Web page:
Benedict Cumberbatch’s ‘The Grinch’ Should Feel More Like Sherlock Holmes
More 'Sherlock' less Scrooge.
The second trailer for Dreamworks’ The Grinch dropped today, providing some solid laughs and teasing that the latest reboot will dive a little deeper into the daily life of the Grinch before he stole Christmas. Still, while it is too early to make too strong of judgments one way or another, it’s hard not to be disappointed by what we’ve seen so far, especially since the film seems to be wasting Cumberbatch’s talents by having him not commit to going full “Grinch.”
We all know that Cumberbatch has no problem playing an asshole, as he became a star due to his work in BBC’s Sherlock, where portrayed the titular detective as an angry, complicated anti-hero who doesn’t give a fuck about anyone else’s feelings. He also infused a healthy dose of malice into his performance of Smaug, the gold-obsessed dragon, in the last two films of the Hobbit trilogy.
So on paper, Cumberbatch is the perfect choice for the role but sadly, he doesn’t seem to be embracing his dark side of the Grinch, which is a bit strange, considering the Grinch is a character who hates Christmas so much he decides to steal it. Unfortunately, Cumberbatch’s performance seems to fall in line with the Dreamworks’ vision, as the two trailers that have been released show a lighter interpretation of the classic Dr. Seuss story.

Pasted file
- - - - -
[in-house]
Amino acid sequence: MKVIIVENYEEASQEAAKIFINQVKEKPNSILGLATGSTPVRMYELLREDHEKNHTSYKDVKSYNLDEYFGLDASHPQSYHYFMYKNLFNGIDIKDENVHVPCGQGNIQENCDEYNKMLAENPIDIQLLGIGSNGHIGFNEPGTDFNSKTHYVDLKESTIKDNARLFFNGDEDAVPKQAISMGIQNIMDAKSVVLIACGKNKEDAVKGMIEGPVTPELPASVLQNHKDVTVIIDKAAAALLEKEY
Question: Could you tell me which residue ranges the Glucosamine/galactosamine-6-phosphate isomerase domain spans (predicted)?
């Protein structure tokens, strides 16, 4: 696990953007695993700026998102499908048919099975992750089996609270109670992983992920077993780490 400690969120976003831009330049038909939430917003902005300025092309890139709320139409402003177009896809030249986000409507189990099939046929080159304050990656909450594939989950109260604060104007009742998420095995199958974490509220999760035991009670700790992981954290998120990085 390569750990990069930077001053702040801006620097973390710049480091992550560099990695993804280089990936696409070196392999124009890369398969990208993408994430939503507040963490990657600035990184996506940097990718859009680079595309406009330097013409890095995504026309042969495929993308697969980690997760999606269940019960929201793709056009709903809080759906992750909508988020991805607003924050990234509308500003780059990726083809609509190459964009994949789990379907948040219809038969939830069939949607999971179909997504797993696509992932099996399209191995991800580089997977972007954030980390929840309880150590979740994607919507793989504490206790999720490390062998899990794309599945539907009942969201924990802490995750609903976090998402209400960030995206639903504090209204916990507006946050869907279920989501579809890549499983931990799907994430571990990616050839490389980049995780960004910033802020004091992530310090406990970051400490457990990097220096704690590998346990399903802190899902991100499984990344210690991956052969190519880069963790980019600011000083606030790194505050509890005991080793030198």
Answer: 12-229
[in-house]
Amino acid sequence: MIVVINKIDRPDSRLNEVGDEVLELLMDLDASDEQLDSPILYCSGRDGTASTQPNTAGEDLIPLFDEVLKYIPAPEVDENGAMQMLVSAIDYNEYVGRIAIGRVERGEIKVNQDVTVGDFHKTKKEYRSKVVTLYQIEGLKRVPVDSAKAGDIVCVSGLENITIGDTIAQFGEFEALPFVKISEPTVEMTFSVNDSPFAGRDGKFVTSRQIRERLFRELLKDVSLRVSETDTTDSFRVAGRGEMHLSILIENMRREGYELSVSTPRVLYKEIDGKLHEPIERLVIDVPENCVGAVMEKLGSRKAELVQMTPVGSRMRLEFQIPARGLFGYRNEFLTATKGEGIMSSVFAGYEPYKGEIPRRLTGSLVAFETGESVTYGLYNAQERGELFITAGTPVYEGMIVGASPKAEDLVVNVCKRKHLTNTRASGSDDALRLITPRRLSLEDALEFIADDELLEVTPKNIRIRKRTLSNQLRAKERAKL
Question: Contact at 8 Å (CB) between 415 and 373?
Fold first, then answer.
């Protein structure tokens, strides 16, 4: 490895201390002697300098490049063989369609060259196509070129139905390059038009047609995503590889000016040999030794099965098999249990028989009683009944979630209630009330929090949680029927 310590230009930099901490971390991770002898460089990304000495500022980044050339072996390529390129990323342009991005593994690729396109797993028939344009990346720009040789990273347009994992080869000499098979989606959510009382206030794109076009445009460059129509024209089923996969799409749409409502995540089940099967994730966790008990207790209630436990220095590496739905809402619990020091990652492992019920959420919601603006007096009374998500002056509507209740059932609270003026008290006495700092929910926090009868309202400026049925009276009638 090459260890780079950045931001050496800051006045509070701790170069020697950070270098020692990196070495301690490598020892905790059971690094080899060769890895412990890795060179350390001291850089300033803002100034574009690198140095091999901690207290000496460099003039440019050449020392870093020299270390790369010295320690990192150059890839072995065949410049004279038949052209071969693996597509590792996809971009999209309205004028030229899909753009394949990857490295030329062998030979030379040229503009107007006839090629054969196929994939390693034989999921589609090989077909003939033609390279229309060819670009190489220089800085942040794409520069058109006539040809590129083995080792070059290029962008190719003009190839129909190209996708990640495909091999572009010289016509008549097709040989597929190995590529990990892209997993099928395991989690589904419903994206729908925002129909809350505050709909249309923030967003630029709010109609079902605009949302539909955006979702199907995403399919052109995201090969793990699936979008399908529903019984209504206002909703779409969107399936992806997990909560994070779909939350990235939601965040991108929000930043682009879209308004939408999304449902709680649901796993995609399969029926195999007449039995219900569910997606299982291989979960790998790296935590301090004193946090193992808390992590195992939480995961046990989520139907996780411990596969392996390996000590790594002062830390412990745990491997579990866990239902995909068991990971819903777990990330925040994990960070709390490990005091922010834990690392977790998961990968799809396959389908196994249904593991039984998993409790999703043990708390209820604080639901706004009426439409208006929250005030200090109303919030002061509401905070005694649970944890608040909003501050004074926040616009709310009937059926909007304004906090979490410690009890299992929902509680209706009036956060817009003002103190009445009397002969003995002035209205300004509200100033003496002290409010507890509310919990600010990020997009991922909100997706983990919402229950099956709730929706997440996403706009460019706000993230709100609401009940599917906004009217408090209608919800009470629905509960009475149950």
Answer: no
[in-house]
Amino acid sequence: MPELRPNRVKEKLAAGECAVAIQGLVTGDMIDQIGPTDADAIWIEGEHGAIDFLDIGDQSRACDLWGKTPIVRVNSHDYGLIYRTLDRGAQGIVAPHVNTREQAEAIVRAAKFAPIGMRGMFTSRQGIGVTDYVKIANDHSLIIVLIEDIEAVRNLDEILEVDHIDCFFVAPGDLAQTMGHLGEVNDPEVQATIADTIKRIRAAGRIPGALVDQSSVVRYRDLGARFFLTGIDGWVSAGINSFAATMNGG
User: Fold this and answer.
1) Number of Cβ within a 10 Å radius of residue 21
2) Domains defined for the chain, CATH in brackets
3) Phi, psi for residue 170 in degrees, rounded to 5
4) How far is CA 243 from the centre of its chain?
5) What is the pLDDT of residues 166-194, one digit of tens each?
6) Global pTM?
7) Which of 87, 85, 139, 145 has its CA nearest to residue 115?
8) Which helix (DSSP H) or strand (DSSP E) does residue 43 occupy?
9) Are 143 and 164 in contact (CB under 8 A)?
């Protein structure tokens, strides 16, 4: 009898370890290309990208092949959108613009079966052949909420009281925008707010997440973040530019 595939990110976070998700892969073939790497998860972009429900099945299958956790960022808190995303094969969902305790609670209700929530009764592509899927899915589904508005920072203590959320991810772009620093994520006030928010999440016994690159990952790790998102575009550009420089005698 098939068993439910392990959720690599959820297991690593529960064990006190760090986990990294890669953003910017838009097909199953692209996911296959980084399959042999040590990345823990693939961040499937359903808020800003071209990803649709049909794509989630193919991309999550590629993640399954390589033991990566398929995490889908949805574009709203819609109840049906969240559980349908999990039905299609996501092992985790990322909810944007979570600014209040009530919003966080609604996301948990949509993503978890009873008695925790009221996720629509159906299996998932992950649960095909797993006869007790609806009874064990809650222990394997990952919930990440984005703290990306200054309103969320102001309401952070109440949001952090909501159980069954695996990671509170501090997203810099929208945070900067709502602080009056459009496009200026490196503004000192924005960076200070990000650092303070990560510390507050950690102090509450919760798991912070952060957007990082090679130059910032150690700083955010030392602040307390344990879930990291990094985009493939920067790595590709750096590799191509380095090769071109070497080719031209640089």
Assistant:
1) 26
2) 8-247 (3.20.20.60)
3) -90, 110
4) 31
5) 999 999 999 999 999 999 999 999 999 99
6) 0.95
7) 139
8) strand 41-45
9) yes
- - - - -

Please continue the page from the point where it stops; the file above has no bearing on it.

The newest trailer tells viewers “it’s never too early to be annoyed by Christmas” and, in a strange way, that watered down tagline serves as a giant metaphor for the upcoming film. This is a Grinch that doesn’t feel mean or menacing. There’s no doubt he’s a jerk but it feels like he’s a jerk that’s ultimately seen as a punchline instead of an outsider who strikes fear in the heart of all citizens of Whoville.
Of course, these are just trailers, so there’s certainly a chance the actual film explores the real darkness and bitterness that lies in the Grinch. But for now, it looks like Dreamworks is going the safe route that will likely lead to a lot more money but an ultimately less interesting movie experience.
This article was originally published on